For this process I'm going to need an example, the third image in my recent project By Process of Imagination will work just fine!
Step 1 - Find Inspiration
Yes of course, the first step is to work out what you want to create. I imagine you are reading this because you either already have a completely original concept that you want to bring to life, or you want to try your hand and compositing and want to know where to start. If you're the latter of those two categories then there are a few places to start:
- Have you had any interesting dreams that you could form into one photographic scene?
- An idea or concept that you wish to illustrate.
The best way to get started is to hit Google and start researching different effects and looks. A simple search for 'Composite Photography Effects' can return thousands of ideas that you can pull apart and fit into a completely different photograph idea. If you can't think of something wholly original, then it's best to find inspiration from other places but try and make the overall image something unique to your style.
My inspiration for a number of things in this project was Disney Pixar's 2001 'Monsters, Inc'. In particular for this image, there's a scene in which Mike and Sulley are flying around a warehouse of doors, each of which goes to another place (similar to the idea that runs throughout my project). I also knew that I wanted it to be laid out in a form that reminds me of prison cells (highly structured and routine).
Step 2 - Draw up a Plan
Don't worry you don't have to be master artist and draw up a fully detailed sketch, I can personally draw about as well as I can fly, but for this image in particular there was no need to touch pencil to paper at all. For this image I drew the plan inside Photoshop and then replaced the parts as they were photographed; however, if your image is highly complicated (not so many straight lines and simply structures) and you really cannot draw then you can skip straight to Step 3.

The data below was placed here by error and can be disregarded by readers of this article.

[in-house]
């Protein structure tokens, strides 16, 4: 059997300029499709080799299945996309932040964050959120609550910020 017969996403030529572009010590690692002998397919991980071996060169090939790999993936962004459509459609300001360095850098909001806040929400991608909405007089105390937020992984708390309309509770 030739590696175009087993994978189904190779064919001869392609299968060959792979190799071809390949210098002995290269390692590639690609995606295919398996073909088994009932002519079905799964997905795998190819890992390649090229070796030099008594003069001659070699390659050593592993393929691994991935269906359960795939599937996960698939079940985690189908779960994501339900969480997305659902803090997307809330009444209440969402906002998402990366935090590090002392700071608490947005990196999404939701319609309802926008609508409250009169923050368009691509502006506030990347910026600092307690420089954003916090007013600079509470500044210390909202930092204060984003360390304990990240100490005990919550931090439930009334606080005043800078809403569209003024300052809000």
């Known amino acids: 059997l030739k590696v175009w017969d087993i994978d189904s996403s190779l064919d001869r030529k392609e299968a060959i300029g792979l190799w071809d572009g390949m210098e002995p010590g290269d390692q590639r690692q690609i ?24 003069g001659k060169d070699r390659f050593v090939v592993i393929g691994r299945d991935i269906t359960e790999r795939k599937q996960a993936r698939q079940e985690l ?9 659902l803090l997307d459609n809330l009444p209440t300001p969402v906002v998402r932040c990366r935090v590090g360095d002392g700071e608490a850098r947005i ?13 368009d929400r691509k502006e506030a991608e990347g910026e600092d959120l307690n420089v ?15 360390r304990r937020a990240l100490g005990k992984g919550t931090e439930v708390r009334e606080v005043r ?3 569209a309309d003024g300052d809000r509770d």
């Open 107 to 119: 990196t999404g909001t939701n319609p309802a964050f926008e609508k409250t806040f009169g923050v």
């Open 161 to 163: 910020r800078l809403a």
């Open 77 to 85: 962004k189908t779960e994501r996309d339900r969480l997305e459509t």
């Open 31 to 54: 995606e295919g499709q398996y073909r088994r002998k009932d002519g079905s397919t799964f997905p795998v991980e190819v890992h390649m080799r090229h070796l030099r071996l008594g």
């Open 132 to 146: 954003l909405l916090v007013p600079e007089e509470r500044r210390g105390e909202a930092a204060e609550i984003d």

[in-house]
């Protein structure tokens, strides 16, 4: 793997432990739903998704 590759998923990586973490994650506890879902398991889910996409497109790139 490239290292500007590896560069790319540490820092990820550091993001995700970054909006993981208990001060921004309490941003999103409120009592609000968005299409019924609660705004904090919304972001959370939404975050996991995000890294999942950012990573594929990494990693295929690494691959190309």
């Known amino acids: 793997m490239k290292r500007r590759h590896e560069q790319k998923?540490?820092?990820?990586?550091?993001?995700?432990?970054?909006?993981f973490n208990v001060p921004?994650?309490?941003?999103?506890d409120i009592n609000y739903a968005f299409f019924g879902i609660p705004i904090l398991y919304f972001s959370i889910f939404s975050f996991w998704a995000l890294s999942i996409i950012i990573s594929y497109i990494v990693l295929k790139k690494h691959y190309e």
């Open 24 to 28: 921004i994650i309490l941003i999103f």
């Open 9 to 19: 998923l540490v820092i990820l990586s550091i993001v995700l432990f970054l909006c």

To show you how detailed they really need to be (and prove my lack of drawing capabilities) I thought I'd include a sketch for an idea that I have not made yet. The simplicity of the sketch doesn't matter so much, its more that you get an idea for what you would like to include and where you would like to place objects within the scene once you have captured them.
Step 3 - Make a List
Time to find out everything you need to photograph, this stage is good because it can also give you a good estimate of the time frame that it'll take you to finish. If you came to this stage by skipping Step 2 then you're going to need to be able to picture the scene you wish to create in as much detail as possible in order to make the list. Here's what I needed for the main picture:
- 16 doors (I ended up using 10).
- 4 images of the subject; 2 walking, 1 crouching and 1 climbing.
- 4 types of wall for backgrounds.
- Concrete material for the ledges.
- Light bulbs.
Here's a list of the things I will need to photograph in order to make the as-of-yet incomplete sketch above:
- Subject image from behind.
- A hill with a small treeline (a small cluster of trees may compliment the image just as well as one tree would).
- A pathway through grass.
- A doorway with a light behind it.
- 3 starry night images to pick and choose aspects from.
- 1 milky way image.
- 2 earth/mud pattern images to create the planets from.
Coming in Part 2...
In the next instalment of this blog series I will cover how you should photograph the parts in order for them to fit well into a scene and how important lighting is in making a realistic composite.
Thank you for reading part 1 and I hope to see you back here for part 2. To get a notification when the post is live, head on over to my social media pages and follow me!